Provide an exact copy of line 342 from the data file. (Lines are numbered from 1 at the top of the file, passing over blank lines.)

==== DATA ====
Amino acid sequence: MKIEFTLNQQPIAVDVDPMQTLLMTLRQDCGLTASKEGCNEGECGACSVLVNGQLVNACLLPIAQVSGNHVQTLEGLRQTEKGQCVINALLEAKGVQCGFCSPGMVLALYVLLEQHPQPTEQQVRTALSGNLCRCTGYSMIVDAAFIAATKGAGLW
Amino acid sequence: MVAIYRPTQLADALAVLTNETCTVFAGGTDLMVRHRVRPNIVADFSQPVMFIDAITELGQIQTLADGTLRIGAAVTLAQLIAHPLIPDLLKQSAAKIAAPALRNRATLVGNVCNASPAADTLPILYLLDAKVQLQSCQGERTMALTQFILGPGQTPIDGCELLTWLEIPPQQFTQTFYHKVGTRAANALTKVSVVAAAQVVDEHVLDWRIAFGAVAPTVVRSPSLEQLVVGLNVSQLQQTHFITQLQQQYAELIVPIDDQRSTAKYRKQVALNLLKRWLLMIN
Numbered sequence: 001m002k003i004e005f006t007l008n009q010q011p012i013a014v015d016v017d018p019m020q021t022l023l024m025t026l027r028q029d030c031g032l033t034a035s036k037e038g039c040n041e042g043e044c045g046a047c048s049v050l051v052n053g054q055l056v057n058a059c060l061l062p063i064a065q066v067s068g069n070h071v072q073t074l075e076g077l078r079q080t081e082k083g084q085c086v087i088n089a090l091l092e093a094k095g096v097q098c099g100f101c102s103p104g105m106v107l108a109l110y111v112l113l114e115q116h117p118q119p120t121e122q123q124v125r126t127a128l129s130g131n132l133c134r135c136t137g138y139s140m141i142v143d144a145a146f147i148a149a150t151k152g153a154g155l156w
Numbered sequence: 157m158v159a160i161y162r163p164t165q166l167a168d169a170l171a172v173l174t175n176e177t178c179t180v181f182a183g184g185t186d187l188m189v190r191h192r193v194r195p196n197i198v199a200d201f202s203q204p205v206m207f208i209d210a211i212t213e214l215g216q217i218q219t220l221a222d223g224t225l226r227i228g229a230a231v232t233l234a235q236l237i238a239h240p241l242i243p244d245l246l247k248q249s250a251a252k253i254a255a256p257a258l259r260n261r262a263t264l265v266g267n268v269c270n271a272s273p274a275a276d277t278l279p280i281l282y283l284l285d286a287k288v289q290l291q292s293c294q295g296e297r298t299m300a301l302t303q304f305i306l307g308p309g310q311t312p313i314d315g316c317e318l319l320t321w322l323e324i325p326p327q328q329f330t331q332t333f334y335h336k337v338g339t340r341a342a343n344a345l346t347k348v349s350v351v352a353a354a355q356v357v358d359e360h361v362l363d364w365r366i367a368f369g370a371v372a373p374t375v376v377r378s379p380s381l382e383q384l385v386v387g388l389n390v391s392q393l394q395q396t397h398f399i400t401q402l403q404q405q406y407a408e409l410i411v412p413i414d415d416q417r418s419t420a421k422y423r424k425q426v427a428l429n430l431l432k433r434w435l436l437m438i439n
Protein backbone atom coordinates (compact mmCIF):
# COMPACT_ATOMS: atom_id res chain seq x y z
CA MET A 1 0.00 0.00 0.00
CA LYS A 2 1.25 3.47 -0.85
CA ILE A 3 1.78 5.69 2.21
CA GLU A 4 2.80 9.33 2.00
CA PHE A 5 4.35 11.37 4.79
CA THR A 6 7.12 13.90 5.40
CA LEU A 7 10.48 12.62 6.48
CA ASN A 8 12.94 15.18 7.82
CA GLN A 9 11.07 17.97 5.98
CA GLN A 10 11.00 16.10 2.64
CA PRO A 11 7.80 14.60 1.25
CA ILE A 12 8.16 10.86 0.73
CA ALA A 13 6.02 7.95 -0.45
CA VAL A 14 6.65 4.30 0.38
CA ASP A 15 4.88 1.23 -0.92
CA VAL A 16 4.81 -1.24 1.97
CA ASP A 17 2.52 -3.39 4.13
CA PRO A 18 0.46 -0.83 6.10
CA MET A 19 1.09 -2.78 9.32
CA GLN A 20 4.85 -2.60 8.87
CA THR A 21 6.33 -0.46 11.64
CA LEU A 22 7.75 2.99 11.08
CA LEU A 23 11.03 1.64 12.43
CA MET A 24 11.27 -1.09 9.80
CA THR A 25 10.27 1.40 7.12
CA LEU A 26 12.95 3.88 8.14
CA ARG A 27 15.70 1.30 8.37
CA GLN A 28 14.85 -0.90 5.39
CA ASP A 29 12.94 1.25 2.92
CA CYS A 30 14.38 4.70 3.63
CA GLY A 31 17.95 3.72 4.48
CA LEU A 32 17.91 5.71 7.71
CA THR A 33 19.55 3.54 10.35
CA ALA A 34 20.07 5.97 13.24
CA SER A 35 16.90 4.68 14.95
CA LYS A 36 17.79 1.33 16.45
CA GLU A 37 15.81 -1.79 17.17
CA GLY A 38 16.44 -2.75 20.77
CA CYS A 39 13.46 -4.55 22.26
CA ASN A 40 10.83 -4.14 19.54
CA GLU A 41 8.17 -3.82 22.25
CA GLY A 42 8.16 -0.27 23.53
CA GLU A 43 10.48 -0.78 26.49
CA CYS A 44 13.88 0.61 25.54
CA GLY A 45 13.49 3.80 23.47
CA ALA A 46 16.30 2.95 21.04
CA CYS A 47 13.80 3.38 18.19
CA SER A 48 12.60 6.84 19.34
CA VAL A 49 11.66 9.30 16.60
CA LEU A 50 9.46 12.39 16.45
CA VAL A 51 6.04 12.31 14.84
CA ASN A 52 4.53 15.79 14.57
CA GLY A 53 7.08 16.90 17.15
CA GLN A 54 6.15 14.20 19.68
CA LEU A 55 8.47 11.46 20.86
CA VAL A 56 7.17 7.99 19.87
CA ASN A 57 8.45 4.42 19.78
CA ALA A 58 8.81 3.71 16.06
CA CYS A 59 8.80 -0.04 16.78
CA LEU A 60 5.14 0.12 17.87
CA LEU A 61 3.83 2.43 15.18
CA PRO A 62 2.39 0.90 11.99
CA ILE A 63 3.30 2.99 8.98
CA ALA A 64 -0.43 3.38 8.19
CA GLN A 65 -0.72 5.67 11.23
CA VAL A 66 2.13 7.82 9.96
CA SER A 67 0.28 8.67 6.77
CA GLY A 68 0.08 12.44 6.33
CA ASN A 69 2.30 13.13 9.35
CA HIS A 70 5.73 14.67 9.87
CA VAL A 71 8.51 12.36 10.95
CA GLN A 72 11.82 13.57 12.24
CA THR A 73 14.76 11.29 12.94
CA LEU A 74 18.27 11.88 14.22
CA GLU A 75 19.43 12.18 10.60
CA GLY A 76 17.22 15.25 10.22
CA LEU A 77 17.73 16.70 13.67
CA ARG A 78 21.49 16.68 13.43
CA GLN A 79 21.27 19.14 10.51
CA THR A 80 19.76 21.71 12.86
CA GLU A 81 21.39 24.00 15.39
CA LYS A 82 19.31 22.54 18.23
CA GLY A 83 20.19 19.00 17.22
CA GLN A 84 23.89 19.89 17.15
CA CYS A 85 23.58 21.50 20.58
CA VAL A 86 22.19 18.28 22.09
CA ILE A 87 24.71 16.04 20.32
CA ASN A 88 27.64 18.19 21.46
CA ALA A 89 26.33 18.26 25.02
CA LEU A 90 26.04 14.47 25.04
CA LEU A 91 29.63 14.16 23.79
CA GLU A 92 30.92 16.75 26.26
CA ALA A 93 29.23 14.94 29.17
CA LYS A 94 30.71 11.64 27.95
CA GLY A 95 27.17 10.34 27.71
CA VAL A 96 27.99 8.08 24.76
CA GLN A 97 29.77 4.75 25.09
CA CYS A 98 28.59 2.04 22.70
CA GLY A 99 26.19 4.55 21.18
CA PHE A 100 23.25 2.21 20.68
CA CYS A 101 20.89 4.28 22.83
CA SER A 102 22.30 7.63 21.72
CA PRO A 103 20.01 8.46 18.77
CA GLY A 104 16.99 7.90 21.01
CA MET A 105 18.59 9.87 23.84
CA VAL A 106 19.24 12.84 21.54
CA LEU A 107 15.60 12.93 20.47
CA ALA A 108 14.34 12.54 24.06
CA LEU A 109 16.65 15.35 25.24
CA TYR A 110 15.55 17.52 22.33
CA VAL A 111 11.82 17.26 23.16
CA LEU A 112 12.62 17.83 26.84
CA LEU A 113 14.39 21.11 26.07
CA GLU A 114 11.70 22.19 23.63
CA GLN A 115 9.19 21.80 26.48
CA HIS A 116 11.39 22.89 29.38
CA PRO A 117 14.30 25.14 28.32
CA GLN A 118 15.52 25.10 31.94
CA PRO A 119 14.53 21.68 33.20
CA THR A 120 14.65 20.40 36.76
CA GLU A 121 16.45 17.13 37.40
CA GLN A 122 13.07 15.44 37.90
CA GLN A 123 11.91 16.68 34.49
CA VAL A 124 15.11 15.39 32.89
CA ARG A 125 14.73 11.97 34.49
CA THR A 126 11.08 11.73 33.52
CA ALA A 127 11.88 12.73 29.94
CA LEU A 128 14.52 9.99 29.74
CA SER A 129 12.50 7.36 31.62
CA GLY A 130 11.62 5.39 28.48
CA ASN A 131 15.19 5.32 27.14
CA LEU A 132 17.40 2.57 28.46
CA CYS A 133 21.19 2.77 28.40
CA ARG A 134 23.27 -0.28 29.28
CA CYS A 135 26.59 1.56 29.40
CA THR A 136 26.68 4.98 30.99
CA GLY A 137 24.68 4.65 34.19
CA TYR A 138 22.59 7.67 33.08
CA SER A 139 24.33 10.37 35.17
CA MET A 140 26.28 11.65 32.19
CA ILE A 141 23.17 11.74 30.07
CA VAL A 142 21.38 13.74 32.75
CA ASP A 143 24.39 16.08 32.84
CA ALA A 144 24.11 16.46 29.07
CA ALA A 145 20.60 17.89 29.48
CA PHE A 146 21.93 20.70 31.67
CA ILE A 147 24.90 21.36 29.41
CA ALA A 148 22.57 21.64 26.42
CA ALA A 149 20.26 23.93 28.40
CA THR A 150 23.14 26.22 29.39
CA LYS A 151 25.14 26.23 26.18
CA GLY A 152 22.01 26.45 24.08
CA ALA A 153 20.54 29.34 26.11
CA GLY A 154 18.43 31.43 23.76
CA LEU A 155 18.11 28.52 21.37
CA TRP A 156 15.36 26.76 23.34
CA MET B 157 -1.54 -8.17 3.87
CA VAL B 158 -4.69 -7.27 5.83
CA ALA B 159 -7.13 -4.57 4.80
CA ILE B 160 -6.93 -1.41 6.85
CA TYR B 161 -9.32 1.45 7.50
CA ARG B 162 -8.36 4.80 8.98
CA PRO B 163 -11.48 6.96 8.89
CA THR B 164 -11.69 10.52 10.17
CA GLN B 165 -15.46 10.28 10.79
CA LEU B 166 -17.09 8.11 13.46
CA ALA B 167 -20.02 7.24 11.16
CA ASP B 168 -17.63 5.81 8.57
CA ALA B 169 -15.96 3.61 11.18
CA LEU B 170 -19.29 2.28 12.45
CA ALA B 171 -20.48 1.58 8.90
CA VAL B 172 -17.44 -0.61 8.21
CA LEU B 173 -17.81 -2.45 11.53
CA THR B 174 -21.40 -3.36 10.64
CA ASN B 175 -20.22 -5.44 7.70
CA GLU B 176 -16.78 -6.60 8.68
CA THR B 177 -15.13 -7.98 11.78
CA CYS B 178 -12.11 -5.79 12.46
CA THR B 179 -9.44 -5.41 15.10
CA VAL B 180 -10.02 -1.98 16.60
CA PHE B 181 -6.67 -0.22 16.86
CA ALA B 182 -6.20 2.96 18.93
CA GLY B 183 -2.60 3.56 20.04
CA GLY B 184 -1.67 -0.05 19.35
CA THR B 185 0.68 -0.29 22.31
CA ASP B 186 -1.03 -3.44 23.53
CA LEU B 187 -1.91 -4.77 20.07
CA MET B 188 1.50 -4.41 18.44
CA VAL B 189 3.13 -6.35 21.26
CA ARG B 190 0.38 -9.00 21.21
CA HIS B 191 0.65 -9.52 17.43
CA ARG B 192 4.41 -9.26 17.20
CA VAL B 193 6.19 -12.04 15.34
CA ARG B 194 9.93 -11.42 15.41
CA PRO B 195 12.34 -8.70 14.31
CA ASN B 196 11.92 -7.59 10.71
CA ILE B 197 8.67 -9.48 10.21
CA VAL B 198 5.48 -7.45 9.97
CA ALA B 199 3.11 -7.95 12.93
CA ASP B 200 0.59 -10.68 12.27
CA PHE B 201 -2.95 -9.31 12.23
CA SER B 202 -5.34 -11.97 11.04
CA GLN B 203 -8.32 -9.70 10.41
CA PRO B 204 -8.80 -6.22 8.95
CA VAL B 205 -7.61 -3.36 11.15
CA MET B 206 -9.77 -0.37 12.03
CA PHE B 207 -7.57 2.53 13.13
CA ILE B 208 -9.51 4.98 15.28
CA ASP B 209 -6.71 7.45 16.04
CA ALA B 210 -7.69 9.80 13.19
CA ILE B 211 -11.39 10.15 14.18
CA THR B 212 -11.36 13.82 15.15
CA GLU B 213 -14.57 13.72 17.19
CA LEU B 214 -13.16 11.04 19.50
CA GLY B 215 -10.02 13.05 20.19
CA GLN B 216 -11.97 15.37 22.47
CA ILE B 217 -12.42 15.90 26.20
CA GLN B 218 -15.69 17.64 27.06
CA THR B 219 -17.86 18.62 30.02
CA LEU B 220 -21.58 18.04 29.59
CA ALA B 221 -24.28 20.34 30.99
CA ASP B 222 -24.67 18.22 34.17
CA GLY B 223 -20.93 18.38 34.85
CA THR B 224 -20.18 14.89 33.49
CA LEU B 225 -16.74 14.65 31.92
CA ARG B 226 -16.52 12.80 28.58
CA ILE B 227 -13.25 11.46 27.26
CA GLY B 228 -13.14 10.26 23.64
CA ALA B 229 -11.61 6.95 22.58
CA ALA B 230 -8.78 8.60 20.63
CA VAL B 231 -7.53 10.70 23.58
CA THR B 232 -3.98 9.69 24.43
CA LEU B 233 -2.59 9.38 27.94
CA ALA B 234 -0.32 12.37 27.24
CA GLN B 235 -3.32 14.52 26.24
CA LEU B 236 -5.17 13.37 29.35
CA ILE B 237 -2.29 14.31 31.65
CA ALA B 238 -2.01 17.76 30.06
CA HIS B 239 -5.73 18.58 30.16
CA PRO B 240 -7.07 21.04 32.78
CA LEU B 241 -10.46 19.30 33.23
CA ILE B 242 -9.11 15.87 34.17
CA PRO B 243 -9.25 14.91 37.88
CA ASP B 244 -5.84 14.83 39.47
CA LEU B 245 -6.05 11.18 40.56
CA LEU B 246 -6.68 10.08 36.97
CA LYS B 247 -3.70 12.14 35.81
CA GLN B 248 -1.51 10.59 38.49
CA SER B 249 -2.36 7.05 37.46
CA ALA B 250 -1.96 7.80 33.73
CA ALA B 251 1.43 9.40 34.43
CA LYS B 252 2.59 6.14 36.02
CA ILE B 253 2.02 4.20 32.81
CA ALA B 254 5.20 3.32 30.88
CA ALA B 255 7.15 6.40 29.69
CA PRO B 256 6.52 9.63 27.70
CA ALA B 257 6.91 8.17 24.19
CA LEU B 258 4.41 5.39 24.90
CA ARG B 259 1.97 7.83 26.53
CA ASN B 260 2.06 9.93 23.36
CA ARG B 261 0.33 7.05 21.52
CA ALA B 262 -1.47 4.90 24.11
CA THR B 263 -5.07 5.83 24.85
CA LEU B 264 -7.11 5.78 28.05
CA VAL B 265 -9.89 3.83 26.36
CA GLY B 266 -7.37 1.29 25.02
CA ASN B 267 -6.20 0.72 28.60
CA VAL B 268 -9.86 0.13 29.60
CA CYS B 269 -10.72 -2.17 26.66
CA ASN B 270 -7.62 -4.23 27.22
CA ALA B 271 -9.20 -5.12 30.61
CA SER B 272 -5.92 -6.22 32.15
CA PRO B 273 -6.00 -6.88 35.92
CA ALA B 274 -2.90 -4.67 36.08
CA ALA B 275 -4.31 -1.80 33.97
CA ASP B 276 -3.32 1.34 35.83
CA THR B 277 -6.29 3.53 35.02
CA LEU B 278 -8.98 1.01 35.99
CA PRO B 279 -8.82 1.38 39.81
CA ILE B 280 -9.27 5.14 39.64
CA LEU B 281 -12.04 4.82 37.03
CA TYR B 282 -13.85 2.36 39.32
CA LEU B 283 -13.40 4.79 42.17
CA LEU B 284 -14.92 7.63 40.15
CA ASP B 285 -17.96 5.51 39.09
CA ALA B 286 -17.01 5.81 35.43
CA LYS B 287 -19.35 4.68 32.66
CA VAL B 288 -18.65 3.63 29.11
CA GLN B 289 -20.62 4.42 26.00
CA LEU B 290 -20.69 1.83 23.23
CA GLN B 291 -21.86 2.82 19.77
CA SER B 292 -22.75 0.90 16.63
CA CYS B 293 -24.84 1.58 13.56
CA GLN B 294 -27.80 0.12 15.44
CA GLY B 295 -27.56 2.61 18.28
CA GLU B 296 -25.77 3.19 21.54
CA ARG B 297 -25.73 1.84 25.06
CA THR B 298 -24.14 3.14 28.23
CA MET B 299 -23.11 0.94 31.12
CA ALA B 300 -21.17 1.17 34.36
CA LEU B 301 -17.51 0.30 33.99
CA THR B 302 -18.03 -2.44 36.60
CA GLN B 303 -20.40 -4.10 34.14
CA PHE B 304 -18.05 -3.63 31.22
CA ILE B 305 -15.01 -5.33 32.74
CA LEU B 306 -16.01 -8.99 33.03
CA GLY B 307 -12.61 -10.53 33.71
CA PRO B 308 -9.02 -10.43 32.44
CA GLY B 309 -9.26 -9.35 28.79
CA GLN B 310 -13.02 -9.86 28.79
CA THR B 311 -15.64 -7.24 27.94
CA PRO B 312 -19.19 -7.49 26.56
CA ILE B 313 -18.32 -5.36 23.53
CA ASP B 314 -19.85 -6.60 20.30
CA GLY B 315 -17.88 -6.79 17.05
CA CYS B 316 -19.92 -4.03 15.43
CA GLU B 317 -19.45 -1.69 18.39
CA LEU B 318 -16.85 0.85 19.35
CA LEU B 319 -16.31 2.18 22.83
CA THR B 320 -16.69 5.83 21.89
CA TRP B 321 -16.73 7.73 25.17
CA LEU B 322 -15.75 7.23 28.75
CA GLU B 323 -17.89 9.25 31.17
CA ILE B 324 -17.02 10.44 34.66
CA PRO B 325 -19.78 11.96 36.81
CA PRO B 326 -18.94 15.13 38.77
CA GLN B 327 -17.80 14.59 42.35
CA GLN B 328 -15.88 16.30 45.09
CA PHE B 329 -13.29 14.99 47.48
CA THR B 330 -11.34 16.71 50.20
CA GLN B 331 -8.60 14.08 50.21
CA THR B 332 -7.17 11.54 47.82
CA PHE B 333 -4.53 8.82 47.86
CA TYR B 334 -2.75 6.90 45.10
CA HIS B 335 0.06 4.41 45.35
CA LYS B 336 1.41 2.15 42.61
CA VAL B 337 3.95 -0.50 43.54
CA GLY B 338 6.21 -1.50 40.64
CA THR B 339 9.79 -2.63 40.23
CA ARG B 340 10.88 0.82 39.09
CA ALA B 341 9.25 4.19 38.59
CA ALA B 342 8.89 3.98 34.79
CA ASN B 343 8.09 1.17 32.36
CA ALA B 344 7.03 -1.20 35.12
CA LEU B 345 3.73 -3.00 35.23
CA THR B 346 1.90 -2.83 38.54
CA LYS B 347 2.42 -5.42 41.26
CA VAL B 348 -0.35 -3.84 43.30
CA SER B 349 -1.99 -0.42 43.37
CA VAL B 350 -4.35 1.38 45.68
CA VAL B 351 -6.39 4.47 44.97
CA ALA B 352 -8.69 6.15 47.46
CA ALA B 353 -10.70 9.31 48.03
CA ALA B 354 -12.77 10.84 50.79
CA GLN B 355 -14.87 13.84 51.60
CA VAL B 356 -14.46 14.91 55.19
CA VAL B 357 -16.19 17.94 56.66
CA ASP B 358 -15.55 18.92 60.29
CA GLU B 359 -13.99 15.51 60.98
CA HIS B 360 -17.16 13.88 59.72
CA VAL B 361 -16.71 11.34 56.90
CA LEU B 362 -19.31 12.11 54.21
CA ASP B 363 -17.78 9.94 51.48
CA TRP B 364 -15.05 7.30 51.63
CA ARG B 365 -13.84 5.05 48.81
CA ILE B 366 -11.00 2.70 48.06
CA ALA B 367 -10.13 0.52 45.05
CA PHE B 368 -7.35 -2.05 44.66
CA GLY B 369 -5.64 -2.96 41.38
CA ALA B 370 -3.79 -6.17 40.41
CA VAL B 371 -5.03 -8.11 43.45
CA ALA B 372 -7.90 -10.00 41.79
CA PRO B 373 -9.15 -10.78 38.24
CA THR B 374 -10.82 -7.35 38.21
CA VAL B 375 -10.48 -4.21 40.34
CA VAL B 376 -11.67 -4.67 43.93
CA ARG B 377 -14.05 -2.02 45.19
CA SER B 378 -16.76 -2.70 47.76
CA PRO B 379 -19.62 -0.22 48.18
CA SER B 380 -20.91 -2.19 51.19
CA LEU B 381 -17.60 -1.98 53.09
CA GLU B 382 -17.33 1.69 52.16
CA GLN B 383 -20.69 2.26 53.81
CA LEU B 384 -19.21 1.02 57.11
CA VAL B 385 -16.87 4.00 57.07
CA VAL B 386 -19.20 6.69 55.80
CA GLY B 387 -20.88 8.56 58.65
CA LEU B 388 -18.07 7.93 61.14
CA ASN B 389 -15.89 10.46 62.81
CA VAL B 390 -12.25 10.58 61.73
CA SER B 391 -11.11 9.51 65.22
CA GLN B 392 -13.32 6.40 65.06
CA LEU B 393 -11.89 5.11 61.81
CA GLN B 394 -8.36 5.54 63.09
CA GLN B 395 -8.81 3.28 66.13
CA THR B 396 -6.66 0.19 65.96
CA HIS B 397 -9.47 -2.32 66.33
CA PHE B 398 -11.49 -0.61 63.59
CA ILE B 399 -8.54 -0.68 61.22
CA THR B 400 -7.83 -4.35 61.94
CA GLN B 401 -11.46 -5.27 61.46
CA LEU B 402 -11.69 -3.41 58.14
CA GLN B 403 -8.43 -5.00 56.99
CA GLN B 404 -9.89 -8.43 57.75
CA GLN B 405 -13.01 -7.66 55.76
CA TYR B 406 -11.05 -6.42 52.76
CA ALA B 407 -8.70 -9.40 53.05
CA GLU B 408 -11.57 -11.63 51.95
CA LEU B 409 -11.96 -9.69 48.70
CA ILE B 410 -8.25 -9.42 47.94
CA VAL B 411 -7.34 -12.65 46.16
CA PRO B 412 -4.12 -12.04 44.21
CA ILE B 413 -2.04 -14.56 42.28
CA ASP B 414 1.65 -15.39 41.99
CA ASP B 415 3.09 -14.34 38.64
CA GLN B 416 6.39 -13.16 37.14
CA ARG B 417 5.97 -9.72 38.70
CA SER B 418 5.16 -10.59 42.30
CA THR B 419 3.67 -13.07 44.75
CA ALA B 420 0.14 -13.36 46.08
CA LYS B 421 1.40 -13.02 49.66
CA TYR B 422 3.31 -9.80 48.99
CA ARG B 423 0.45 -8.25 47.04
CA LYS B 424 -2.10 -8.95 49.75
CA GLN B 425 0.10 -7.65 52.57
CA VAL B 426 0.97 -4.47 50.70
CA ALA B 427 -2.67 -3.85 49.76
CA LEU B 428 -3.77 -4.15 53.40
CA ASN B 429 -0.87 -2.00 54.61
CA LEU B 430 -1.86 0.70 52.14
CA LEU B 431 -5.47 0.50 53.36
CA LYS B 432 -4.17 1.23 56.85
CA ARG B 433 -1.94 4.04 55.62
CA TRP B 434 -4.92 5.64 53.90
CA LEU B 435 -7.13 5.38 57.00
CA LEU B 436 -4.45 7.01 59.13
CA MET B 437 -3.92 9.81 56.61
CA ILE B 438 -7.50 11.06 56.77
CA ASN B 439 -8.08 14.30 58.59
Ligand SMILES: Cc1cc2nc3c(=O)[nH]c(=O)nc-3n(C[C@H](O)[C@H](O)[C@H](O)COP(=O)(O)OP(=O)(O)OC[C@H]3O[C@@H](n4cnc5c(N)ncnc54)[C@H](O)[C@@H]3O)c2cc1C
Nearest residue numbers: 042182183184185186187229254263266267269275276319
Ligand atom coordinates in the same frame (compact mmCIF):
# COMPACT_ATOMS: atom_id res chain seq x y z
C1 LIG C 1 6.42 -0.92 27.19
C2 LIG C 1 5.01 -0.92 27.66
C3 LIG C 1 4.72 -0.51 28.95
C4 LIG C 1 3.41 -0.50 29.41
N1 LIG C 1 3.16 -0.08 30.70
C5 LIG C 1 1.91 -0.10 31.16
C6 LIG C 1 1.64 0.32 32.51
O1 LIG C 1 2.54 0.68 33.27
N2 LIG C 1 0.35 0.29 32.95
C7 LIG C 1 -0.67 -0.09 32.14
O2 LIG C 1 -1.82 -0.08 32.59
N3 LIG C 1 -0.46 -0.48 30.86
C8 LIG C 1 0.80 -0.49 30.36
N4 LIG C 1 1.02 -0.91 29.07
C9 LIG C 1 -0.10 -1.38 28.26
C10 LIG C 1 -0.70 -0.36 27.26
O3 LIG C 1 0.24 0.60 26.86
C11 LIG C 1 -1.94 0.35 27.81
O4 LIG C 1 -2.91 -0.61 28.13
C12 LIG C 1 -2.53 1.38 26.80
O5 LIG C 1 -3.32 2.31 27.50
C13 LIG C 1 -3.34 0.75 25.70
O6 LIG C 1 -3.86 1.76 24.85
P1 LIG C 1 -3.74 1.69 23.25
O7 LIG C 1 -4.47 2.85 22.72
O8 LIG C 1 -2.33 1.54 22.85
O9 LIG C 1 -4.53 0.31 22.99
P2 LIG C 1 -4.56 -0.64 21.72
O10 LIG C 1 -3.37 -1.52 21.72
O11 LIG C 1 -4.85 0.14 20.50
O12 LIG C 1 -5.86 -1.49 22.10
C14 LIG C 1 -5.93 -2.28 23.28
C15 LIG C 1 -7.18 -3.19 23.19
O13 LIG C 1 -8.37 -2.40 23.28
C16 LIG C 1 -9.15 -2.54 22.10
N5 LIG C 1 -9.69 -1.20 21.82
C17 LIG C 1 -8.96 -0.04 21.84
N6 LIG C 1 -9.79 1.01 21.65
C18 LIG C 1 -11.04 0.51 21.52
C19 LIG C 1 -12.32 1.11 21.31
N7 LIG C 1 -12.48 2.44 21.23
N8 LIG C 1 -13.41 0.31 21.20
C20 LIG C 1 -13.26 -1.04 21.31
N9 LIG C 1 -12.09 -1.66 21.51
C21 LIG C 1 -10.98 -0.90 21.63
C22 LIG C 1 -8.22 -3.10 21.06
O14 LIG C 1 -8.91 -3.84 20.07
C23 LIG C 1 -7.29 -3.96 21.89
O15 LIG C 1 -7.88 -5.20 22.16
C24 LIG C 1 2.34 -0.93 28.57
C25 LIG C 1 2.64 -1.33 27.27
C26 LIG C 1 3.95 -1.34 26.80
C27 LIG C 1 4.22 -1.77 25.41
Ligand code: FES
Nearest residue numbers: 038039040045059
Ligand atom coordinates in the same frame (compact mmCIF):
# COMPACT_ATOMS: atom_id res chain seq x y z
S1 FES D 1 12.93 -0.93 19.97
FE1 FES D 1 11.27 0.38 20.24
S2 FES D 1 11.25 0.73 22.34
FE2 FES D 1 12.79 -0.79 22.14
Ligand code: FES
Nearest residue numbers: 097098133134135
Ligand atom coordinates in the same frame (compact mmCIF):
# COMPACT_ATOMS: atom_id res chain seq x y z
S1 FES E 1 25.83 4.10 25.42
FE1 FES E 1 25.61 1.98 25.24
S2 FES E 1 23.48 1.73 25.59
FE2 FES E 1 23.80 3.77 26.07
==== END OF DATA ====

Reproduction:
CA LYS B 336 1.41 2.15 42.61